Latif K.

Latif K. grew up in a neighborhood in Baltimore City where many of his neighbors were also relatives. During the week, his immediate and extended family worked hard. On the weekends, everyone got together to party.

“In the beginning, it seemed like a really good thing,” Latif says. “It was something that brought the family together. Everyone was just having fun after spending the week working hard.”

Latif spent much of his childhood around women, especially his mother and sister, who went out and drank often, and Latif felt that he had to prove himself as he got a little older. “I started to think that men were supposed to drink, they were supposed to drink a lot, and they were supposed to be able to handle alcohol better than women,” says Latif. “I felt like I was supposed to do everything more than everyone else. I was an extremist; I just didn’t know it yet.”

“There were people there who said the right things to strengthen my foundation and make me strong enough to start rebuilding my life.”

Latif continued to experiment with substances. He felt the need to try everything new he discovered, including marijuana, mescaline, cocaine, and eventually, heroin, which marked the beginning of his struggle with addiction.

“It’s not like I grew up in what most people would consider a dysfunctional family,” Latif says. “My other family members didn’t get into drugs. It was me that made the bad decision to even try it.”

Latif used heroin on and off for 40 years after he first started at age 17. A nine-year stint in jail interrupted his drug use, but after his release, he immediately returned to using heroin.

Latif eventually went to a local treatment center that someone recommended to him because it was easy to get in, easy to get medication, and easy to get out. He had no desire to stay or truly commit to rehabilitation.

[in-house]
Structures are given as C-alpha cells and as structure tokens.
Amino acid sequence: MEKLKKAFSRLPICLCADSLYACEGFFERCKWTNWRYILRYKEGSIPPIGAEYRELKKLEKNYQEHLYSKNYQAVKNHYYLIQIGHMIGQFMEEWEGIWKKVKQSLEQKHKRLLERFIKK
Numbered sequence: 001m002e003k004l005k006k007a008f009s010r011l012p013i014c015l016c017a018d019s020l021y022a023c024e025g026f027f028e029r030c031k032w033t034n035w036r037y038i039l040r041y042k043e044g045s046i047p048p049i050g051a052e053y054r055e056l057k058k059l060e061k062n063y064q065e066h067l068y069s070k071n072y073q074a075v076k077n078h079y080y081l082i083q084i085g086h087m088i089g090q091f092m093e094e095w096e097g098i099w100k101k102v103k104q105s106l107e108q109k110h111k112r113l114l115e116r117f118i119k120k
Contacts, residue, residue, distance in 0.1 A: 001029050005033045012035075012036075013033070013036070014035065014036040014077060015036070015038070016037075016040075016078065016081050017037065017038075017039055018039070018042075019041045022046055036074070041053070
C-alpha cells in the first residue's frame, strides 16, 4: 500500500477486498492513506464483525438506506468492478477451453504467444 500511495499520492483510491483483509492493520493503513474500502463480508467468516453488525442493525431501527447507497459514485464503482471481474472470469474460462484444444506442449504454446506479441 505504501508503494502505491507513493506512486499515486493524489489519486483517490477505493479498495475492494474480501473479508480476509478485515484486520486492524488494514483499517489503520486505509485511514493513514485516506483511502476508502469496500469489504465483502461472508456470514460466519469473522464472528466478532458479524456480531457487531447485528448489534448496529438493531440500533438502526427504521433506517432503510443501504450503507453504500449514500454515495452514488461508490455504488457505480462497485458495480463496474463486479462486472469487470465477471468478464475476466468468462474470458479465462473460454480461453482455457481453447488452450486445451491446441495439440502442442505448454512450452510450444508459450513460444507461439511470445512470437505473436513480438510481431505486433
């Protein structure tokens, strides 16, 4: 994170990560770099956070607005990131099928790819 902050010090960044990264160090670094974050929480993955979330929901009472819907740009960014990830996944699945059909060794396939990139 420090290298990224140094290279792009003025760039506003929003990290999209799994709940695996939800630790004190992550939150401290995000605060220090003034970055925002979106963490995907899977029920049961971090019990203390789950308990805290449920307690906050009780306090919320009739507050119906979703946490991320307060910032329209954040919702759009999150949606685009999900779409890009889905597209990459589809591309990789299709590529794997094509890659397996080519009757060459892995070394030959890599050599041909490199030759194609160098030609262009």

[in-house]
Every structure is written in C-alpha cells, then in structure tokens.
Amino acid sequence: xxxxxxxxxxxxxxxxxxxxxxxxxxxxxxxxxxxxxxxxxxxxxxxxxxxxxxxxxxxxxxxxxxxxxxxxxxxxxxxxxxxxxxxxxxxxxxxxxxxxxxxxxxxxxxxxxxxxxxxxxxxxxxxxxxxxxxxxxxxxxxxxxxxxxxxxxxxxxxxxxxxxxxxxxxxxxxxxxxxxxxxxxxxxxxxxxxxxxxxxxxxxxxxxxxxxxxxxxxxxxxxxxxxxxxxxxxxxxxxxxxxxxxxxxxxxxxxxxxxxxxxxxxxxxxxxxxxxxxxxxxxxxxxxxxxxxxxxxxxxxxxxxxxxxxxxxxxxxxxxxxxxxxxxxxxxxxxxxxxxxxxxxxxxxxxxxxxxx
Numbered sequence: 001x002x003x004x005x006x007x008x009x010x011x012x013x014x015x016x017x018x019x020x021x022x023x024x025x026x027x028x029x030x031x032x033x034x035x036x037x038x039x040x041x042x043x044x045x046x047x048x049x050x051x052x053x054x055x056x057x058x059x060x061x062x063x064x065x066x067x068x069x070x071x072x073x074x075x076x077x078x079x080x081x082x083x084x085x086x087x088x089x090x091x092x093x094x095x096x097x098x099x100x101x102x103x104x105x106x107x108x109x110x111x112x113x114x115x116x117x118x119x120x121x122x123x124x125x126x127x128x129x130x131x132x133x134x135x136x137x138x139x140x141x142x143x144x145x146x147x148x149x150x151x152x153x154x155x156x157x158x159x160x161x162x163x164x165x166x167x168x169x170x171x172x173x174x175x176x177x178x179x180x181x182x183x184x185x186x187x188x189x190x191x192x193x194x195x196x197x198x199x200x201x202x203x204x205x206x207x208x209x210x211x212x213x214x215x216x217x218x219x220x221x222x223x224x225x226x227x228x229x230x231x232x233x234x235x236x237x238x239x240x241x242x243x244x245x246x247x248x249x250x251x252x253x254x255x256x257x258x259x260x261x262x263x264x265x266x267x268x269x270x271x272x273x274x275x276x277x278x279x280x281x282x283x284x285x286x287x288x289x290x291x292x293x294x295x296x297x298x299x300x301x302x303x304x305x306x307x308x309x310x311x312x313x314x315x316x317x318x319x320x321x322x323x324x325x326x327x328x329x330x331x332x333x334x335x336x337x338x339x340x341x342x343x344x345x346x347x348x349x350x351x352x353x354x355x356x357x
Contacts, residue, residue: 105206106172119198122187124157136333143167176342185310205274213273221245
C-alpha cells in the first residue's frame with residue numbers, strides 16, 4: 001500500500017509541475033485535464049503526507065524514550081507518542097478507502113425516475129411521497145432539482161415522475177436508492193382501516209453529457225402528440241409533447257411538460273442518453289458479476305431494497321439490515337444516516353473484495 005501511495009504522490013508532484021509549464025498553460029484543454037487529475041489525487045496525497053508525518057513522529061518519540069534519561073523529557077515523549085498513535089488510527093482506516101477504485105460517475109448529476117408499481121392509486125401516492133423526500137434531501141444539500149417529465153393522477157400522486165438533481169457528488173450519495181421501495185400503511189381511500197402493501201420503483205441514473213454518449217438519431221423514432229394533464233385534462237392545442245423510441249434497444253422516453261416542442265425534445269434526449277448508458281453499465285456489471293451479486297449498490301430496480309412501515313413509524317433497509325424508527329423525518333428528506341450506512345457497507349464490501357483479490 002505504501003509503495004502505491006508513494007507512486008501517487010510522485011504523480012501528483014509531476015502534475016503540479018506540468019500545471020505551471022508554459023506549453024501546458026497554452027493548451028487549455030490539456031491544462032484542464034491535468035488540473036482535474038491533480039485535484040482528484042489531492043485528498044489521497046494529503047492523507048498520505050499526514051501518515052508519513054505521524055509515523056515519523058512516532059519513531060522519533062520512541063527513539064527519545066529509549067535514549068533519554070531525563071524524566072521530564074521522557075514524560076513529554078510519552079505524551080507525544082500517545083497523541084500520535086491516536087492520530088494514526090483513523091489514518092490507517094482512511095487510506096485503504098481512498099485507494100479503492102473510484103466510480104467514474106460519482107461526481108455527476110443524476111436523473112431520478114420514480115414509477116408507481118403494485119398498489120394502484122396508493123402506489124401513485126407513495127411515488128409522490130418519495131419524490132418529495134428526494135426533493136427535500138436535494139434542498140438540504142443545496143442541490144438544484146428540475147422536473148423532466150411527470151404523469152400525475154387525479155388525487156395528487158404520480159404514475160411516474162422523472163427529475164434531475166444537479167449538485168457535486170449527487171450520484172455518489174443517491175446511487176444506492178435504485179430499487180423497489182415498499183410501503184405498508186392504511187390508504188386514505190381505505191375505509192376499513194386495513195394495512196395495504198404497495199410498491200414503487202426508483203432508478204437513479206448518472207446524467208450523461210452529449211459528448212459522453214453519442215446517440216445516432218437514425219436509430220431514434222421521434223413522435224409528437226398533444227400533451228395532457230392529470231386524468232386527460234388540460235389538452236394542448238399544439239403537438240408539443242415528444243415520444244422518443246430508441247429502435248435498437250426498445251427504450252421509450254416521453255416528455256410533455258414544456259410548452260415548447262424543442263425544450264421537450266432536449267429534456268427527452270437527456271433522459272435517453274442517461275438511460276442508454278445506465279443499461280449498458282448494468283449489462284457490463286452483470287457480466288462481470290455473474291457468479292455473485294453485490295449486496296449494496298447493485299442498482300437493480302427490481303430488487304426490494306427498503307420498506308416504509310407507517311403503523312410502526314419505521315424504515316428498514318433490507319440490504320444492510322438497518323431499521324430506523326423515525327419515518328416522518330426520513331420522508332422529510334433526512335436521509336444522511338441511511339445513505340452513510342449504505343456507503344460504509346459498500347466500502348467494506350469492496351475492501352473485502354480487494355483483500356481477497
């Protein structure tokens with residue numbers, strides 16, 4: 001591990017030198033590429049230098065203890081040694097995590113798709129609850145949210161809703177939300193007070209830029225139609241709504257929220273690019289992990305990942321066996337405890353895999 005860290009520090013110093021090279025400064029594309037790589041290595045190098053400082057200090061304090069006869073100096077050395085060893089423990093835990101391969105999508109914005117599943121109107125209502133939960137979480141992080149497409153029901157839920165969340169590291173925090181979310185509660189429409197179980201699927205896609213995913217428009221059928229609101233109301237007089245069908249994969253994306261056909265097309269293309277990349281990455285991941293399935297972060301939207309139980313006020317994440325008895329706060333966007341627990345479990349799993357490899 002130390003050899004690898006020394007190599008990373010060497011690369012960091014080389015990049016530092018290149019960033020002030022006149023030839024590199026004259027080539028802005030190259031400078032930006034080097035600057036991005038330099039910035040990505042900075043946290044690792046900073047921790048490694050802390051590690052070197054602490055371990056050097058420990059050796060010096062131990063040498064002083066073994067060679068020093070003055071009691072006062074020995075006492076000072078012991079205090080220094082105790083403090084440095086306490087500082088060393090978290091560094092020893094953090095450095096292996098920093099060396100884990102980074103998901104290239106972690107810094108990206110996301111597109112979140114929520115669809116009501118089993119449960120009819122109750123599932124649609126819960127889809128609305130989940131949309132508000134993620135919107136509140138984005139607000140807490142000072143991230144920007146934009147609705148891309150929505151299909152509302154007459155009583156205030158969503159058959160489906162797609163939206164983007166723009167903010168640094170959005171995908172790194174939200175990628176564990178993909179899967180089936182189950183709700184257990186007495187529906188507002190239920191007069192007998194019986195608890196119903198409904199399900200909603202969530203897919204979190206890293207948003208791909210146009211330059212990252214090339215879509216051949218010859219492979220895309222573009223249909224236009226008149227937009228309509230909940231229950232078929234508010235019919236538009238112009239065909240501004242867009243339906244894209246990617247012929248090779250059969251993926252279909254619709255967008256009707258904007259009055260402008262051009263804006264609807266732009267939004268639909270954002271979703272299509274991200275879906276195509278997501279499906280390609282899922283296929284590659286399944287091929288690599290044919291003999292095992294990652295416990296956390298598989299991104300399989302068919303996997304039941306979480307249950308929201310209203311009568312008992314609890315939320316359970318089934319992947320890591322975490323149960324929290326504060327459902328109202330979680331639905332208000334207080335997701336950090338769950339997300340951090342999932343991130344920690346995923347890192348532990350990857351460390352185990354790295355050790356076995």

“I didn’t intend for it to work at all,” Latif says. “But there were people there who said the right things to strengthen my foundation and make me strong enough to start rebuilding my life.”

Throughout the recovery process, Latif recognized patterns in his life and the reasons for his substance use struggles. He finally acknowledged that all of his drug use could be attributed to the search for one thing: a feeling.

“I found out I was looking for that feeling in the wrong places with the wrong things, though,” says Latif. “I started taking all of the energy I had used in the process of getting drugs and channeled it into something more positive.”

Latif has been clean now for four years. He lives a few blocks away from the Academy of Success, in a house that his cousin gave him. A handyman, Latif has been renovating the house for the past couple of years. He works at the Academy as a peer recovery advocate.

“I looked back and saw the footsteps in the sand; I was being carried by all of my different support systems. Now, it’s my turn to carry someone else,” Latif says. “It’s like the story about teaching a man to fish. Someone did that for me, and now I can survive on my own. If I go out and teach others what I’ve learned, teach other people to fish, then I can make a real impact on the community as a whole.”

“Obviously, my goals are to finish my house, get a counseling certificate, and get another associate’s degree,” says Latif. “But my real goal is to achieve a deeper peace and meaning. I want to be able to get people smiling. If someone is walking away from a conversation with me saying, ‘I can do something,’ then I’m happy.”